Energy gap 'could cost Britain £108bn'

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Britain's looming energy gap could cost the country more than £100bn a year in less than a decade from now, a report published today warns.

The analysis by the business services group LogicaCMG estimates that by 2015 the shortfall of available generating capacity over demand could leave UK businesses nursing a bill of as much as £109bn, or £3,700 for every working adult.

The recent energy review said that demand could outstrip supply by 30 per cent by 2015 unless measures were taken to encourage the building of new power stations. But the LogicaCMG report says this energy gap could arrive much earlier. It says that by 2010 the shortfall could be 5 per cent, rising to 23 per cent by 2015. This could require energy-intensive industries such as steel, glass and chemical production to shut down operations at peak periods of energy usage, costing business as much as £7.9bn a year.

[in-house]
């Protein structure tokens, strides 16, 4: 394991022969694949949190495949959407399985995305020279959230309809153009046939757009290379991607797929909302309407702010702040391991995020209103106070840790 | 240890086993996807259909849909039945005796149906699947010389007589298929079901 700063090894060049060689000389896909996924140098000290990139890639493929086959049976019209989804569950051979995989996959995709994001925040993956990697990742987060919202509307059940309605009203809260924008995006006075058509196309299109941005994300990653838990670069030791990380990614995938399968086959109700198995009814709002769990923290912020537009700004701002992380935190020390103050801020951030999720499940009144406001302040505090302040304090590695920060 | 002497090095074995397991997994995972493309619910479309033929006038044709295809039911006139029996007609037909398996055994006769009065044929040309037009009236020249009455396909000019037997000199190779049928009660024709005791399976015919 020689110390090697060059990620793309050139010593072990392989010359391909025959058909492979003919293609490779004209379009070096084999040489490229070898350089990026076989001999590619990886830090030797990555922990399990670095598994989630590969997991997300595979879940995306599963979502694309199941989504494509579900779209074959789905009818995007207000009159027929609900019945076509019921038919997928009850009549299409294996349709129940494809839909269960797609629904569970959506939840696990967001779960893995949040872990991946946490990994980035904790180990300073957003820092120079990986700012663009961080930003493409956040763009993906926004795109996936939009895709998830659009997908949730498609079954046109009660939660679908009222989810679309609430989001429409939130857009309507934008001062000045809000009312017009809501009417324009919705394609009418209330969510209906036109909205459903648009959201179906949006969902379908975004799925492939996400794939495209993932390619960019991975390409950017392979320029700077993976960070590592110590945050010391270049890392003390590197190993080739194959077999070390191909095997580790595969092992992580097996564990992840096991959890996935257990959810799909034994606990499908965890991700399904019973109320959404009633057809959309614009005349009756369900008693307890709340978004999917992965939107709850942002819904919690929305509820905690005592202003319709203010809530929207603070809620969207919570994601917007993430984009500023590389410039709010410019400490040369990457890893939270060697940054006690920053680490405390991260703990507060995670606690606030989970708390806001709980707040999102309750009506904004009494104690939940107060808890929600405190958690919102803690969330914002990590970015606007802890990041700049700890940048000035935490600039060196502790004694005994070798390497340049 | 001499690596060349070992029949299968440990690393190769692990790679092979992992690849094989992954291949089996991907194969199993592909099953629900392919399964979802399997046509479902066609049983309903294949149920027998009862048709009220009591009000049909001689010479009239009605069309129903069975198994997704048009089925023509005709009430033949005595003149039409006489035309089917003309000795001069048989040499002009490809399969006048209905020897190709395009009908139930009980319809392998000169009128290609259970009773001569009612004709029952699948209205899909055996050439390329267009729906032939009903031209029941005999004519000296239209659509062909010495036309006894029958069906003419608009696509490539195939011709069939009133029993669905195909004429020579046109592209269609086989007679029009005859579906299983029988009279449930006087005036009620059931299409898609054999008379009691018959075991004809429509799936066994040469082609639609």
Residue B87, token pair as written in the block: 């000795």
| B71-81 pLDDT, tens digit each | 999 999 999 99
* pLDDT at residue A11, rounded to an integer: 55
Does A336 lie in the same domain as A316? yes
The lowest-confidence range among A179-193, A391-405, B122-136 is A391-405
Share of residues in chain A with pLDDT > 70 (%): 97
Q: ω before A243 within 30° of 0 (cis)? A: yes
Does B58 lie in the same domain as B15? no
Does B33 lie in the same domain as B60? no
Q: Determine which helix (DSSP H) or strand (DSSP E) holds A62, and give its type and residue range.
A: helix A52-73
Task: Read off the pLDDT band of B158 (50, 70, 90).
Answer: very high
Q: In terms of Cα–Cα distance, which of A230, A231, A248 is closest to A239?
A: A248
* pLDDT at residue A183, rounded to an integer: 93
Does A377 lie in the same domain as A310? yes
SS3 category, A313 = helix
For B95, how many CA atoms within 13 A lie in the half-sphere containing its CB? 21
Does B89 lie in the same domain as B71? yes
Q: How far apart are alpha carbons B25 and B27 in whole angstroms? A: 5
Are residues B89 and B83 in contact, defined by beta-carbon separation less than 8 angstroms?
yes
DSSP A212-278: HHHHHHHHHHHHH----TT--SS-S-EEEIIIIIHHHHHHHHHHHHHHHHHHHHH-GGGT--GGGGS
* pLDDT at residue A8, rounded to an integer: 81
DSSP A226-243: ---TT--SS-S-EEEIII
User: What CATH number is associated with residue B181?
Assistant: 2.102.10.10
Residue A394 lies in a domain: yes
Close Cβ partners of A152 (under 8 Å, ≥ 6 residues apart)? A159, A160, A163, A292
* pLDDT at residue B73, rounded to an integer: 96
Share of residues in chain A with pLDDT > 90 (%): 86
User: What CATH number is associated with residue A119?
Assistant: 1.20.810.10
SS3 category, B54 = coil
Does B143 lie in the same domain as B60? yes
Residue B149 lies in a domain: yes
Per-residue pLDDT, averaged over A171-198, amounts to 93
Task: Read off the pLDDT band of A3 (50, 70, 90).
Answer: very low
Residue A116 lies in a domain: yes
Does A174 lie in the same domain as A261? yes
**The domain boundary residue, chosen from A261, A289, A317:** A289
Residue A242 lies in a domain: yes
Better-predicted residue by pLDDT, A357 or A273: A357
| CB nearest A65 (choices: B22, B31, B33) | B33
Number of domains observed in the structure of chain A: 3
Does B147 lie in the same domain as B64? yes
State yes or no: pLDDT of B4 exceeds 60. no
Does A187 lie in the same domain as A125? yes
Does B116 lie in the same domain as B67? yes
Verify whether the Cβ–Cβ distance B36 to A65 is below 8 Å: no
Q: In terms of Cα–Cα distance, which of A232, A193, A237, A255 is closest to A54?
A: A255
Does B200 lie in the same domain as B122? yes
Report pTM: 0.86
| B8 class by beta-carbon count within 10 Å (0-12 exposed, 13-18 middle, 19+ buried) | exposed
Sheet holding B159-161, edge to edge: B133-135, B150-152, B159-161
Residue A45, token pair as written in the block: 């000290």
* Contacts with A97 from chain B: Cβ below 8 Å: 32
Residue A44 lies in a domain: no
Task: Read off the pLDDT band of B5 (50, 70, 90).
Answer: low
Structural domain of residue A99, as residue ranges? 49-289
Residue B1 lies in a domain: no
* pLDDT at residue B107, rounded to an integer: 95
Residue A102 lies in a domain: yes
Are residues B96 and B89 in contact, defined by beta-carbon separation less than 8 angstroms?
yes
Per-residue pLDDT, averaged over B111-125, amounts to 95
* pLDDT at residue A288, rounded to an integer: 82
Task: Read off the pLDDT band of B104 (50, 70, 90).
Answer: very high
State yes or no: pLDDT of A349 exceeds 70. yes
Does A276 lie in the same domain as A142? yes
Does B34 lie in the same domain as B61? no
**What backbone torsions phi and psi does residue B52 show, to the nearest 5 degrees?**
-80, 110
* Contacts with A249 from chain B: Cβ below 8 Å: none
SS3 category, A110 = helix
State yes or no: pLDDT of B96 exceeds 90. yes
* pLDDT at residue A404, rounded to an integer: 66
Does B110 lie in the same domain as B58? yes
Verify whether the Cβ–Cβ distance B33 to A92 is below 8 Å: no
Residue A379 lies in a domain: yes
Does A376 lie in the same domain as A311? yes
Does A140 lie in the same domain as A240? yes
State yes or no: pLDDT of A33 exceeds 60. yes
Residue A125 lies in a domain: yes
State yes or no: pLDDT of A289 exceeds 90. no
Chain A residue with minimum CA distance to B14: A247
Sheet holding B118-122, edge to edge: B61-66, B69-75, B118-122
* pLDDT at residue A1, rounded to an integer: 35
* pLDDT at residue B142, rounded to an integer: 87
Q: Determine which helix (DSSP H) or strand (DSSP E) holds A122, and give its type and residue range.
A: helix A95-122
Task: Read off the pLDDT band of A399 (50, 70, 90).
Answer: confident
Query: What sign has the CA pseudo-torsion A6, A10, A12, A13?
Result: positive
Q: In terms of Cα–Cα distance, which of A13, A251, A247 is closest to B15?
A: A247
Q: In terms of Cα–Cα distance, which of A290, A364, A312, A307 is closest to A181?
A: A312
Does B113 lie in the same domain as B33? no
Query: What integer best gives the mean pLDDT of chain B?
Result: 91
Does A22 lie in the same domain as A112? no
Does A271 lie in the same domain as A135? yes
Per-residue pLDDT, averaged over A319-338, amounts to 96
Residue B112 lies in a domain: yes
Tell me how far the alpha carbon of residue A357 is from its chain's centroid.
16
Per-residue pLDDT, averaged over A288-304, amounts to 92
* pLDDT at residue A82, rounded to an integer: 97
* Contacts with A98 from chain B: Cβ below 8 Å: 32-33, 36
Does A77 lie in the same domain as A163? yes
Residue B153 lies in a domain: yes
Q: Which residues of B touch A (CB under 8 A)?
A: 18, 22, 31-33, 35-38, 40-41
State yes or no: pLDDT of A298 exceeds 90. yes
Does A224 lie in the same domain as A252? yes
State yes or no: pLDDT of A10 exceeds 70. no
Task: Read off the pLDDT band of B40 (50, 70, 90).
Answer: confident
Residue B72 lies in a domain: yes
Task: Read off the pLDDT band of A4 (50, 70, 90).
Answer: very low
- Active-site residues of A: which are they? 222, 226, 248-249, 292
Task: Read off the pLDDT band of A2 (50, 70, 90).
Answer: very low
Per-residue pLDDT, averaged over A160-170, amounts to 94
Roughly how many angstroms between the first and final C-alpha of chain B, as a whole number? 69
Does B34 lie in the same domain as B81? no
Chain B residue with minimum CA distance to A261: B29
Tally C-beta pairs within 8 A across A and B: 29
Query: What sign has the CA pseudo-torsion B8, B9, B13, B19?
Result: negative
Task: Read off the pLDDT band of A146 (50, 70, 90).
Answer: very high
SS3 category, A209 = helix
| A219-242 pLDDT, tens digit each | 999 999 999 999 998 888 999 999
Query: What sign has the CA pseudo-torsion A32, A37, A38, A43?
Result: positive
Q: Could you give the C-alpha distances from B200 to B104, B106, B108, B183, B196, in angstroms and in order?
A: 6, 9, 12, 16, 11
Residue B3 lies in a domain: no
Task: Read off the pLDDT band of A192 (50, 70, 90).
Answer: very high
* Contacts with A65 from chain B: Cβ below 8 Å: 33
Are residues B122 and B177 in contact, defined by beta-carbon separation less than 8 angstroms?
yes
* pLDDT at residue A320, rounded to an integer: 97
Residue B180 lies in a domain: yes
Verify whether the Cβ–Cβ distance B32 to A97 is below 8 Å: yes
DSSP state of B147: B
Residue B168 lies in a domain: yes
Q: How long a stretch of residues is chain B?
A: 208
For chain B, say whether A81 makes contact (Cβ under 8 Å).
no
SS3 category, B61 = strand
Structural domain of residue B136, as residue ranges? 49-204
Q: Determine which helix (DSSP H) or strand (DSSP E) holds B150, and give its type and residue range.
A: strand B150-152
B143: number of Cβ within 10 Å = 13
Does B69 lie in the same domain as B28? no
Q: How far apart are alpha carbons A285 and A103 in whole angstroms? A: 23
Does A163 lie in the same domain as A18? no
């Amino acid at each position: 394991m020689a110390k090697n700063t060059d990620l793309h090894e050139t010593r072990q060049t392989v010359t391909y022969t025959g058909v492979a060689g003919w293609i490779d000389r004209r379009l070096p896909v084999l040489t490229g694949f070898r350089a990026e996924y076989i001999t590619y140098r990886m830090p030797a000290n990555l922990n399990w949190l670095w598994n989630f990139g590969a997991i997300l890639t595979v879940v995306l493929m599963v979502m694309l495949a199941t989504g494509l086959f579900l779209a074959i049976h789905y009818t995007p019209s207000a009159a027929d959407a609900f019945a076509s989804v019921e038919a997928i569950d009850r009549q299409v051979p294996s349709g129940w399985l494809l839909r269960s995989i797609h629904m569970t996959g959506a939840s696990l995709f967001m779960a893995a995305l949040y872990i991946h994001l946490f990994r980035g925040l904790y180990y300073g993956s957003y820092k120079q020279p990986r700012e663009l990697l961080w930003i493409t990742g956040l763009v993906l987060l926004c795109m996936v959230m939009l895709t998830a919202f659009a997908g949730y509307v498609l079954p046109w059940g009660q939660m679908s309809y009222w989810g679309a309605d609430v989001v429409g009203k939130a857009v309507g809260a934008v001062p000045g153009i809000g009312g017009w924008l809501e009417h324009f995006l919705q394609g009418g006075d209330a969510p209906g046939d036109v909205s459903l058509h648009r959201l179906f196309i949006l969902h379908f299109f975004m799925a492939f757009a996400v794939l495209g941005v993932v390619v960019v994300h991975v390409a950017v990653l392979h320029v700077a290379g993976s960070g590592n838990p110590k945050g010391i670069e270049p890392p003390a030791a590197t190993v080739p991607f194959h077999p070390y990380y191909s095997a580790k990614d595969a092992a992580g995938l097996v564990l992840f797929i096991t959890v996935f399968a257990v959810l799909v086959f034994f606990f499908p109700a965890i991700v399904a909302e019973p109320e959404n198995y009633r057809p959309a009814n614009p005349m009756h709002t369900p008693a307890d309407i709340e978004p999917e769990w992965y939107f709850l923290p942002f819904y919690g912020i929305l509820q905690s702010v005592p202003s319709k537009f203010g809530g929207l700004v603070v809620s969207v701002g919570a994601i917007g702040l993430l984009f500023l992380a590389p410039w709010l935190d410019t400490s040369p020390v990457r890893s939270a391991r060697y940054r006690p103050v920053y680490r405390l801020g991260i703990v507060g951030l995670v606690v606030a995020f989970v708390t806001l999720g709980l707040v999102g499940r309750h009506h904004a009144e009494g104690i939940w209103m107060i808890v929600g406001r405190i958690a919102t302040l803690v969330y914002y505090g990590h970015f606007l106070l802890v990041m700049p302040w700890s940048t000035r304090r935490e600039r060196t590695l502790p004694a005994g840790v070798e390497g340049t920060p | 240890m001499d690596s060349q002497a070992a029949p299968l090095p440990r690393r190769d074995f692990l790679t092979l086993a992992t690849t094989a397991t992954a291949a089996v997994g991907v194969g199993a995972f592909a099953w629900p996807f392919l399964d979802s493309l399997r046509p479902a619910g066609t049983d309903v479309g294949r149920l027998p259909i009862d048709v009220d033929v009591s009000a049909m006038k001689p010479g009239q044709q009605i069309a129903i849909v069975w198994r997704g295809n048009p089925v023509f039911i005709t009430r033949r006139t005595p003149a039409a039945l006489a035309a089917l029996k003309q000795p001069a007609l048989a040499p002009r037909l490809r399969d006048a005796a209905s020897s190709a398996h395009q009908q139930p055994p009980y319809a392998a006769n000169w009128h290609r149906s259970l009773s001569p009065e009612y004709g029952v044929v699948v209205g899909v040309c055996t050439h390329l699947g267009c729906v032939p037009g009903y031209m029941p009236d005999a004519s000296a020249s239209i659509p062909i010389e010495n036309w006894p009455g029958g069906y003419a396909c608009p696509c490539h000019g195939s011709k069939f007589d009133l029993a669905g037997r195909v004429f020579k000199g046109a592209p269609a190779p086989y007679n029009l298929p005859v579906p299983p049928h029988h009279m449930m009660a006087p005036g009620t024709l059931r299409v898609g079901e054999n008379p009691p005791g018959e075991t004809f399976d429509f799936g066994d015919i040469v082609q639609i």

The report also warns that acute energy shortages could occur in the summer months as well as winter as worsening levels of climate change lead to more use of air conditioning and cooling systems.

Kieron Brennan, managing director of LogicaCMG's energy and utilities division, said that a new nuclear programme would be enough to plug part of the gap. But he warned that it would not come in time to prevent energy shortages within the next decade.

"We believe that the UK government is taking the right steps to try and create open international markets in energy, but that planning laws around the storage of energy resources and the construction of new generation facilities will need to be changed as a matter of urgency," he added.